You’ve crafted culinary delights as though you were Gordon Ramsay 2.0, wolfed down your meal quicker than a dog devours its dinner and cleaned everything with more intensity than a hygiene-obsessed ninja.

But one problem remains – your kitchen still looks rubbish.

Indeed, without a full makeover, the hub of your cooking and eating will always be more of a kitchen nightmare than a foodie’s fantasy without a few essential design changes.

So, what decisions should you take to make the most of your cooking space?

Fantastic flooring

If you’re in the heat of the moment, throwing carrots into pots and fearlessly flinging tofu into a frying pan, it’s pretty likely you’ll create some sort of mess. That’s why your flooring has to be foolproof and ready to withstand stains, smears and crumbs with gusto.

To maintain a sparkling floor, invest in lino or marble that will wipe clean easily. To top it off, and to keep your toes warm on that cold flooring, buy a few kitchen mats to dot around the areas you’ll regularly be standing in.

Kitchen with wooden flooring

A utopia for utensils

There’s nothing worse than wanting to make a special dish, only to find you don’t have the right cooking utensils or appliances to prepare it properly.

Every eventuality should be covered in your kitchen, so stock up on a garlic press, various knives, weighing scales and any other utensils to make sure you’re not caught short when perfecting a meal.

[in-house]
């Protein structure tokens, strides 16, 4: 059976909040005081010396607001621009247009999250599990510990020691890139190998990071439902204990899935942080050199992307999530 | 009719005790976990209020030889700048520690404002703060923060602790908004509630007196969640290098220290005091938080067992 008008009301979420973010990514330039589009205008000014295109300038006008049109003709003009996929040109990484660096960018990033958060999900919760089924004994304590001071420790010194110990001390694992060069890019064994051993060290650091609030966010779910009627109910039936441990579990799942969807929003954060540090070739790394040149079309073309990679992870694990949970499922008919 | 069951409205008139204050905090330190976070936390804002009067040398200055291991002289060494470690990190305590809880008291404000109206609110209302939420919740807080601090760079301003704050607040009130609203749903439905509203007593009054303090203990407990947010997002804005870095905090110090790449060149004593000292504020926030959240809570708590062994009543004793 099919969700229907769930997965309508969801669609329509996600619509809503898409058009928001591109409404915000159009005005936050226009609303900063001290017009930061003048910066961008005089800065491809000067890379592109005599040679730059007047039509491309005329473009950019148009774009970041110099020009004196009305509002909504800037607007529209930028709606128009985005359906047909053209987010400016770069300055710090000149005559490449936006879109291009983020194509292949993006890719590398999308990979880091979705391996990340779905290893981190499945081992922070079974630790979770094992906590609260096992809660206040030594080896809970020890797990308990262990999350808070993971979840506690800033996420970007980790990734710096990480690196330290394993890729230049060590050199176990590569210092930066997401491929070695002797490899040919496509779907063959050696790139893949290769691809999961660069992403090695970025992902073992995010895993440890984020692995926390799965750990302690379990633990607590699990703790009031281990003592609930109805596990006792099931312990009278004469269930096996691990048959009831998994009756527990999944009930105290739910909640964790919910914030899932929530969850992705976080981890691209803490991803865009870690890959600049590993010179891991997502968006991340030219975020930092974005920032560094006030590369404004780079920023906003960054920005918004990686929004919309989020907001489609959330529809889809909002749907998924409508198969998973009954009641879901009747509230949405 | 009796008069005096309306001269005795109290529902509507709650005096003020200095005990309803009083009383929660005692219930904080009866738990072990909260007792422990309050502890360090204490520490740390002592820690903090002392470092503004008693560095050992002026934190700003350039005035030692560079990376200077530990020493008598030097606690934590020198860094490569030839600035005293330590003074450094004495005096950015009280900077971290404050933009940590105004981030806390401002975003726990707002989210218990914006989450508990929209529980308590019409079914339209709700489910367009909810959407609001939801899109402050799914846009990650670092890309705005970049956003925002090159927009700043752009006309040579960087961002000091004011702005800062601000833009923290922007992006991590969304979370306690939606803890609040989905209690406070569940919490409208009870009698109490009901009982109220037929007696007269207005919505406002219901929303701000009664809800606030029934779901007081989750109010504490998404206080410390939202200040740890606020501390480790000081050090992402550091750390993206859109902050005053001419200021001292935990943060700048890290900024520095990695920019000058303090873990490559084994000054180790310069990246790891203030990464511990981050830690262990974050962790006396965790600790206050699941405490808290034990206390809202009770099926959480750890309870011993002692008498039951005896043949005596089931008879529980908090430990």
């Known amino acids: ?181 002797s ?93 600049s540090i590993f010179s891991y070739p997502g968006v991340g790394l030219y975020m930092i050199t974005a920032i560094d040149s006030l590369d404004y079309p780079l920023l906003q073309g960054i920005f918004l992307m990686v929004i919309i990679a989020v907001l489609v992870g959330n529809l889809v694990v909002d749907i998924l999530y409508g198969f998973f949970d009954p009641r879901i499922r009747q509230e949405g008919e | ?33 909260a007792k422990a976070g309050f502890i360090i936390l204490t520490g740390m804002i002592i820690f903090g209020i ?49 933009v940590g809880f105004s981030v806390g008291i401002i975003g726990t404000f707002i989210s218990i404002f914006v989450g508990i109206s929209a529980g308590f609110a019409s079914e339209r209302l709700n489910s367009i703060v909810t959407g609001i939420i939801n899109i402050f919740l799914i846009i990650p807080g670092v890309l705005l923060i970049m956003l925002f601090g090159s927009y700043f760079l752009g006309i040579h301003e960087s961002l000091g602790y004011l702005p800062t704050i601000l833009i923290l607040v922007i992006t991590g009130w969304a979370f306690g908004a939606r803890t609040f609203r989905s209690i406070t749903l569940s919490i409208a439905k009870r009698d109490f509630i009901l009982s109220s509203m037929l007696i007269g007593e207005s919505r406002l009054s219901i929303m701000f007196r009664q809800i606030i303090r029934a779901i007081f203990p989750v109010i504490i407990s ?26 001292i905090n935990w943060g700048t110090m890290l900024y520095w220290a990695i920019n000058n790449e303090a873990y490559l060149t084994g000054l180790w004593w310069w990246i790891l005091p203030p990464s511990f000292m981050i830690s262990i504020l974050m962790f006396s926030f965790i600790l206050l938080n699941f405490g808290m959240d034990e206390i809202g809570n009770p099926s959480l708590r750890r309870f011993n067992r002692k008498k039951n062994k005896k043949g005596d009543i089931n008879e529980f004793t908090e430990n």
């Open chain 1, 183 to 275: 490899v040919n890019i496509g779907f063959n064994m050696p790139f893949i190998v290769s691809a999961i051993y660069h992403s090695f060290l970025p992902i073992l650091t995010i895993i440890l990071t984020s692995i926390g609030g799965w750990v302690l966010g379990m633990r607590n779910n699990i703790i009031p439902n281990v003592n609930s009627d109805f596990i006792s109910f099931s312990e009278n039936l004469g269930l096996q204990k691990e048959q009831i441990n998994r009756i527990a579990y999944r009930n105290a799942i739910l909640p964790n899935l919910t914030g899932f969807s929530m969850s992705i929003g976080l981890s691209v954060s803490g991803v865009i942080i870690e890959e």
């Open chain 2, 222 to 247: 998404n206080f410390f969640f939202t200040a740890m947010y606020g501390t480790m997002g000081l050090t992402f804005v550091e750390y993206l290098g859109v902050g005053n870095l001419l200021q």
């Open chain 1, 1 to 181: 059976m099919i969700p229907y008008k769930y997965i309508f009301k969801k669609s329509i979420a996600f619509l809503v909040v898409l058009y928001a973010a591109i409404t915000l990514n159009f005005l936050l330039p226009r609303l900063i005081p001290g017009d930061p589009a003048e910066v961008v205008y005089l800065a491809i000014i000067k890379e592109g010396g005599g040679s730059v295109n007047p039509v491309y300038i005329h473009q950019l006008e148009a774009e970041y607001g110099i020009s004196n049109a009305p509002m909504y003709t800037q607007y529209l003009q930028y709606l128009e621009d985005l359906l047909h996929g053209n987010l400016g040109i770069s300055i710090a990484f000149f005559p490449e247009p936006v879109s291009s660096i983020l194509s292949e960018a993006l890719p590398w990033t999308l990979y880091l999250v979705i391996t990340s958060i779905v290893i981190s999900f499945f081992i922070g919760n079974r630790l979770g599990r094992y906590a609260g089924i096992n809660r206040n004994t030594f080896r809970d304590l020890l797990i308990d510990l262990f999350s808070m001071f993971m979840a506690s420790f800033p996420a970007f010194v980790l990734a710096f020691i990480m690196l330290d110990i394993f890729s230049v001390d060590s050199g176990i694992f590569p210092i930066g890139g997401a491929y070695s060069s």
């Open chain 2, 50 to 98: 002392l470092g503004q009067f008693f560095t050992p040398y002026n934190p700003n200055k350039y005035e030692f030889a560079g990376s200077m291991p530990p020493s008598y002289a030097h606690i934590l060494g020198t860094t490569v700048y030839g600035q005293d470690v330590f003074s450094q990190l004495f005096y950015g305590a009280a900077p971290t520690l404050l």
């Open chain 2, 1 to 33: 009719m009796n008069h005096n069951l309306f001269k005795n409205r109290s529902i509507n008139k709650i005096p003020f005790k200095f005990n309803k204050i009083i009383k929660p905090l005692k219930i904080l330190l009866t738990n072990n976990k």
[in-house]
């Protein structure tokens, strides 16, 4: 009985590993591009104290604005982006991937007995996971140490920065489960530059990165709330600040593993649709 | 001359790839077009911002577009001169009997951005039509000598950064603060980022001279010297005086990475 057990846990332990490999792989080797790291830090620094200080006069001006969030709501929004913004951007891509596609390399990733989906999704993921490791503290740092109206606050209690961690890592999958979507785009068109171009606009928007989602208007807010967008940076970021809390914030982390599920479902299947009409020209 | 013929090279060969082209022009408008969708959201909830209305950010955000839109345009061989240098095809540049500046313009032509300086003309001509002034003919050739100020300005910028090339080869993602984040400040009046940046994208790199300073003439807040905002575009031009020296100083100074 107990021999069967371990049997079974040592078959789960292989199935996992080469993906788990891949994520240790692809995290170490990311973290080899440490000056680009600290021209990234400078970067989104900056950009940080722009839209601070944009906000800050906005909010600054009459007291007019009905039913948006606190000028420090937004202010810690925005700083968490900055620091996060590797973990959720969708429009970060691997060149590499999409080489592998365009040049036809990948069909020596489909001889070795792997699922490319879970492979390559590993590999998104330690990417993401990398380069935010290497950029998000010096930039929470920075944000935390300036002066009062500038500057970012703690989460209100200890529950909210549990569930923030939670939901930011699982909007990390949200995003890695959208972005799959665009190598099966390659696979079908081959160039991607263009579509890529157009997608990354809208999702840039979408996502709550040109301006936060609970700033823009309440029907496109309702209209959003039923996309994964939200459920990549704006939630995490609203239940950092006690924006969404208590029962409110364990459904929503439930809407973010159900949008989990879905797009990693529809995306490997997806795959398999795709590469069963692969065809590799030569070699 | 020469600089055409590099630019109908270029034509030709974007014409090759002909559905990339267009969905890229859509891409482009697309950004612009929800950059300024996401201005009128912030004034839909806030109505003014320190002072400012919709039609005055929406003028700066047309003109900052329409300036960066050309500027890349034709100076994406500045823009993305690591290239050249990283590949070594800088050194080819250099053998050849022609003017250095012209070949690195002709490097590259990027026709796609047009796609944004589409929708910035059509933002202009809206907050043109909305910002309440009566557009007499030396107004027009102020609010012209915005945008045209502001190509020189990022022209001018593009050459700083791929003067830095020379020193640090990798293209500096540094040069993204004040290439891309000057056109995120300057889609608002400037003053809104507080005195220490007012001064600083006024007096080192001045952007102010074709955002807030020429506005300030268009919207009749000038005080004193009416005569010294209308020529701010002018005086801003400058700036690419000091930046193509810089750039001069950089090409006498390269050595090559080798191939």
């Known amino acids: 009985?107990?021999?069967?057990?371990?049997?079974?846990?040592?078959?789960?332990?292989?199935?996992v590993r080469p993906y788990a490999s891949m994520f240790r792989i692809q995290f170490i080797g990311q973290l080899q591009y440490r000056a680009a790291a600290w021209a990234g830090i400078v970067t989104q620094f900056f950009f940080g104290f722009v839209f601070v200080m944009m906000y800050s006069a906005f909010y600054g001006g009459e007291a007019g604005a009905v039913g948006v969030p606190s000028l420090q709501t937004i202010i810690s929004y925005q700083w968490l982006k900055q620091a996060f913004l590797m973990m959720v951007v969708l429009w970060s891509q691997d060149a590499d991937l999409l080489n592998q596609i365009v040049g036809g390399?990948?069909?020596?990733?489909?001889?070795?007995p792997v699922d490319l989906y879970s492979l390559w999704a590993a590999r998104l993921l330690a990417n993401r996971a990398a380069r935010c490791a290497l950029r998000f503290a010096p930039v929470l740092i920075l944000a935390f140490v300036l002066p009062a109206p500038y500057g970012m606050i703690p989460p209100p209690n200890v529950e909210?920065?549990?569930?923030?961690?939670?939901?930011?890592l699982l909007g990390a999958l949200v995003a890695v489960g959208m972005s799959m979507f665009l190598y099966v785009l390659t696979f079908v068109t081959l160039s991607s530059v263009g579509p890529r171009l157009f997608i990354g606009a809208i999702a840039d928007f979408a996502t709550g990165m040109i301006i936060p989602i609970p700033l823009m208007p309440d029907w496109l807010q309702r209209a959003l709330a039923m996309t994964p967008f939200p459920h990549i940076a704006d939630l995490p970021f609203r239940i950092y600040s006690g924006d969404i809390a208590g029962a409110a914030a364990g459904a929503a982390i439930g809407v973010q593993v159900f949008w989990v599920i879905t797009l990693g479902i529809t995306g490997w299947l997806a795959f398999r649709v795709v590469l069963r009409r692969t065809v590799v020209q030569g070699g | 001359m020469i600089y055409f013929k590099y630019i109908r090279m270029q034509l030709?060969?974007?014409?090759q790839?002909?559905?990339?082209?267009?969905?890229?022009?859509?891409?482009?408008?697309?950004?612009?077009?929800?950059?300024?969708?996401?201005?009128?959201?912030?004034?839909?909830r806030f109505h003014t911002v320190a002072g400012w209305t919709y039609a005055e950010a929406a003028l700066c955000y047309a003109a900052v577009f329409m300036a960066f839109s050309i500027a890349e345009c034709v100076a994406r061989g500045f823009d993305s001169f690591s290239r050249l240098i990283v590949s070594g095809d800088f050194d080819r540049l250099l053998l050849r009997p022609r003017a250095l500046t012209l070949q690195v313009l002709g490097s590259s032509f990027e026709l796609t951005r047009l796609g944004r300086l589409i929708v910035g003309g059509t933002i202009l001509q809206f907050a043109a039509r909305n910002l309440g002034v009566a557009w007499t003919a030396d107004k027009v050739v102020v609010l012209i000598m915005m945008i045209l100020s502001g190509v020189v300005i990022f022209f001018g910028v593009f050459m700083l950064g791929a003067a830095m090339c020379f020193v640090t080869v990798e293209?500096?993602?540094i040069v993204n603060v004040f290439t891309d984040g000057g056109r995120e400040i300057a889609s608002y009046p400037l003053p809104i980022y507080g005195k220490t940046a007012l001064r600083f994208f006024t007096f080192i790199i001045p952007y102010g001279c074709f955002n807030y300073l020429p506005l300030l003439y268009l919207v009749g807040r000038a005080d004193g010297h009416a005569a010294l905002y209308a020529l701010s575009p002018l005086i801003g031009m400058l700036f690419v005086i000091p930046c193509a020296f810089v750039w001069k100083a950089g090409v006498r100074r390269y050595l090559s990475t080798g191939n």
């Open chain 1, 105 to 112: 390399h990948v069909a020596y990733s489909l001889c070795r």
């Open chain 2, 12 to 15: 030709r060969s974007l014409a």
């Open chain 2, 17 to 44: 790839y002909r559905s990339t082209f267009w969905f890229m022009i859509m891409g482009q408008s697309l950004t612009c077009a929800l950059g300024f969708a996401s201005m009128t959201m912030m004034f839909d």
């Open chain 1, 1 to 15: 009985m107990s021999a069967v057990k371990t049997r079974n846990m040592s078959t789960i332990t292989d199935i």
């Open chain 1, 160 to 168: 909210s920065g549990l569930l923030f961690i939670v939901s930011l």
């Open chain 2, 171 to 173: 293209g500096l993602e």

White goods to worship

When you’re buying an oven, refrigerator or other pricey white good, it can be tempting to vie for a lo-fi option.

But by skimping on white goods, you’ll suffer poorer levels of energy efficiency, smaller storage space and decreased durability in comparison with more expensive options.

While you don’t have to own the fridge or oven of the gods, find one with a high energy efficiency rating (usually specified on the fridge) reducing your energy bills and your carbon footprint.

Trust your joiner

You know those builders who show up late, take tea breaks longer than a Peter Jackson film, add on arbitrary extra costs and talk about getting your kitchen cupboards “off the back of a van”? Probably best not to hire them.

Finding a joiner or kitchen fitter you can trust might seem difficult, but you’ll generally be able to tell in the initial meeting. Good chemistry makes for the best partnerships.

In addition, ensure your joiner has the right qualifications, is reviewed favourably by previous clients and won’t muck you around on pricing.